Too many antioxidants can damage the heart

High levels of radical oxygen species (ROS) have been linked to diseases including cancer, Parkinson’s disease and myocardial infarction. Research has shown that the other side of the spectrum, too many antioxidants, can be just as bad for the health of your heart.

Radical oxygen species (ROS) are molecules with an uneven number of electrons, meaning they are extremely reactive and can initiate a variety of ‘oxidative’ chemical reactions. Oxidation is a necessary process within the body, as it helps fight off pathogens to prevent infections.

Antioxidants are molecules which regulate the number of ROS within the body. They do so by donating an electron to a single ROS, thereby balancing the number of electrons and reducing its reactivity. If there are too many ROS in the body, they can start reacting with proteins, lipids (fats) and DNA, eventually leading to disease over time.

It is therefore important to ensure the correct balance of ROS and antioxidants. The body has a special mechanism for this known as ‘redox homeostasis’, which automatically triggers the production of endogenous antioxidants once the level of ROS is too high.

It was previously thought that the more antioxidant-rich foods in the diet, the better. Now science has shown that too many antioxidants can damage heart tissue, leading to heart failure.

Too many ROS causes oxidative stress, whilst too many antioxidants causes reductive stress – something which has been recently linked to heart failure by a team of researchers from the University of Alabama and California. Working with mice, the researchers found that reductive stress causes the heart to become dangerously enlarged, and disrupts the process of diastole – when the heart refills with blood after contraction.

The mice were genetically engineered to overexpress genes responsible for the production of antioxidants in the heart, which caused a surge in antioxidant proteins to be produced and resulted in reductive stress. Comparing these ‘transgenic’ mice to normal, ‘wild-type’ mice, they found that the mice with high reductive stress had an enlarged heart which pumped out an abnormally large volume of blood, and did not refill to the normal amount. These pathological changes appeared in the mice when they were 6 months of age, and 60% of these mice died by 18 months.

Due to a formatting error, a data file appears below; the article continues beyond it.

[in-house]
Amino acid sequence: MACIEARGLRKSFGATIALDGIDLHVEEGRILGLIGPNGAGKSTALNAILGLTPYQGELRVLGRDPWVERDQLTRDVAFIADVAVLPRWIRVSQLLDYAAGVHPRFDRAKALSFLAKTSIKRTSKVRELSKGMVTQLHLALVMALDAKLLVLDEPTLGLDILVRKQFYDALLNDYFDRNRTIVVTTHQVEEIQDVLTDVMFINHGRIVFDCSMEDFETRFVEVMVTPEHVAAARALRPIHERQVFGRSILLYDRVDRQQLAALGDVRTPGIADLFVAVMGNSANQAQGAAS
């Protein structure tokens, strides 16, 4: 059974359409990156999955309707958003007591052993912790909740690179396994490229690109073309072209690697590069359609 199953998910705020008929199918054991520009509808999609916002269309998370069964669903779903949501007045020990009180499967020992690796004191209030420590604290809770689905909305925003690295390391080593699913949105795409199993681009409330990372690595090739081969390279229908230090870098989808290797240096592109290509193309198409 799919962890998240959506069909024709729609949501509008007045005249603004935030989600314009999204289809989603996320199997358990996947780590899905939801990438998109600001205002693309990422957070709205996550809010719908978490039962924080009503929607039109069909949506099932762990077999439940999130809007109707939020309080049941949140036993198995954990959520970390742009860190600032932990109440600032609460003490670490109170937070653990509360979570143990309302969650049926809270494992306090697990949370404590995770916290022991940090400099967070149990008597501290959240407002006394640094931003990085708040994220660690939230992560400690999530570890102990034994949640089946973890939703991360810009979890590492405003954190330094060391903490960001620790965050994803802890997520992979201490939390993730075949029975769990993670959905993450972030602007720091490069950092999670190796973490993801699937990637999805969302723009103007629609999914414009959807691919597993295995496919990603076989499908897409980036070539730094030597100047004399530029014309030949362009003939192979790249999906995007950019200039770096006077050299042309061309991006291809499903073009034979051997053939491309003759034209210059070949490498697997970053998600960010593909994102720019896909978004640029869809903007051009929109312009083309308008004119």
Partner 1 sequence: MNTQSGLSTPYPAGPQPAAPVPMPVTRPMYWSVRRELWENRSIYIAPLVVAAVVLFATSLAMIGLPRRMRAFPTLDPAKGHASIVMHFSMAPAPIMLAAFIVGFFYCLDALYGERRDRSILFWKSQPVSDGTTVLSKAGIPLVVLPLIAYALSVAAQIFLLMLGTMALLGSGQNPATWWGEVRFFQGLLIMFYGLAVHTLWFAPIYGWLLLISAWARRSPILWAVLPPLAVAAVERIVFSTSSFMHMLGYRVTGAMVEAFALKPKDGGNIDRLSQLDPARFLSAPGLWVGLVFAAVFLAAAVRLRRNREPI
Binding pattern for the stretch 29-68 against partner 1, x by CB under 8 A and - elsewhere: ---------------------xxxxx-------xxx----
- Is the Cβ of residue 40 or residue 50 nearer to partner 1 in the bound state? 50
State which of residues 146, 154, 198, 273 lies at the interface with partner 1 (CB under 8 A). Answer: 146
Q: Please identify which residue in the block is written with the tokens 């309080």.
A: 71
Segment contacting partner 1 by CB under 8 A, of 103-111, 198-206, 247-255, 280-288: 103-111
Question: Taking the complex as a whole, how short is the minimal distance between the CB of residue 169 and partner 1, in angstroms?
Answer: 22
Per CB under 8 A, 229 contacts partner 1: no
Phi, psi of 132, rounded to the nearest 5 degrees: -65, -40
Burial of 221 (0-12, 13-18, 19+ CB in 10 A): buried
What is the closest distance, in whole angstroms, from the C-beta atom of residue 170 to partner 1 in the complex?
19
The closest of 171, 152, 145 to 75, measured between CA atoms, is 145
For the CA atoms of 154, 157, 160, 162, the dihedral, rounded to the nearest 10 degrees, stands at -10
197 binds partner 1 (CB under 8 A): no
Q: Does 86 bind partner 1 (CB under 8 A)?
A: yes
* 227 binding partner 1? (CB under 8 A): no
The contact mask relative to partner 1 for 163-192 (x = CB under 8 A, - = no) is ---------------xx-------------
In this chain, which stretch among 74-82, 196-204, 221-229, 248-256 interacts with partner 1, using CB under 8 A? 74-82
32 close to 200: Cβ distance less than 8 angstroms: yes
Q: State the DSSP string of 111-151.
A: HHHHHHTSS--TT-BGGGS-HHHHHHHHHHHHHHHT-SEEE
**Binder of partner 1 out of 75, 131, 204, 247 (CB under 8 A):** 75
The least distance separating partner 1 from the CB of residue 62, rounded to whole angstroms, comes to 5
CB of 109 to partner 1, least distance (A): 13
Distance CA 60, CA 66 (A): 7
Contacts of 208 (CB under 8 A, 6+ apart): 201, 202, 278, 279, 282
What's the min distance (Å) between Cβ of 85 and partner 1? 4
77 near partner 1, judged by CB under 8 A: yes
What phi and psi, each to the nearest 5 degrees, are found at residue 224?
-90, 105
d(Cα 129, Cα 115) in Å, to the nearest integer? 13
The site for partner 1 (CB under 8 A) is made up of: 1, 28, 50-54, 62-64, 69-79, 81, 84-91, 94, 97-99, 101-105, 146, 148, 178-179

The scientists were able to confirm that it was the surge in antioxidants which caused heart damage, as administering a drug to block the production of a particularly potent antioxidant – glutathione- was able to prevent the pathological changes to the heart. Crucially, this drug had to be administered in the first weeks of life, before the changes had begun to evolve.

The researchers also engineered mice with a low level of reductive stress, which had a normal survival rate but also developed the associated heart changes later on in life, suggesting that even a slight increase in reductive stress in the body can cause permanent damage to the heart.

Although the use of mice to model human disease may not be truly indicative of what happens in the human body, this study at least offers valuable insight into the potential risks of antioxidant overconsumption. This is important, as a very large percentage of people are consuming antioxidants on a daily basis without knowing their redox state. It may be that some people are inducing redox stress within their bodies and putting themselves at risk of heart failure in an attempt to prevent other diseases.

Doctors should be aware of a patients’ redox state before prescribing or administering antioxidants. Heart failure is also linked to an excess in ROS (oxidative stress), so it may be tempting to encourage patients to take antioxidant supplements. However, this may cause more harm than good, so it is important to know exactly which type of stress is causing the heart failure.

Reference:

  1. Gobinath Shanmugam, Ding Wang, Sellamuthu S Gounder, Jolyn Fernandes,, Silvio H Litovsky, Kevin Whitehead, Rajesh Kumar Radhakrishnan, Sarah Franklin, John Hoidal, Thomas W Kensler, Louis Dell’Italia, Victor Darley-Usmar, E. Dale Abel, Dean P Jones, Peipei Ping, Rajasekaran Namakkal Soorappan. Reductive Stress Causes Pathological Cardiac Remodeling and Diastolic Dysfunction. Antioxidants & Redox Signaling, 2020; DOI: 10.1089/ars.2019.7808

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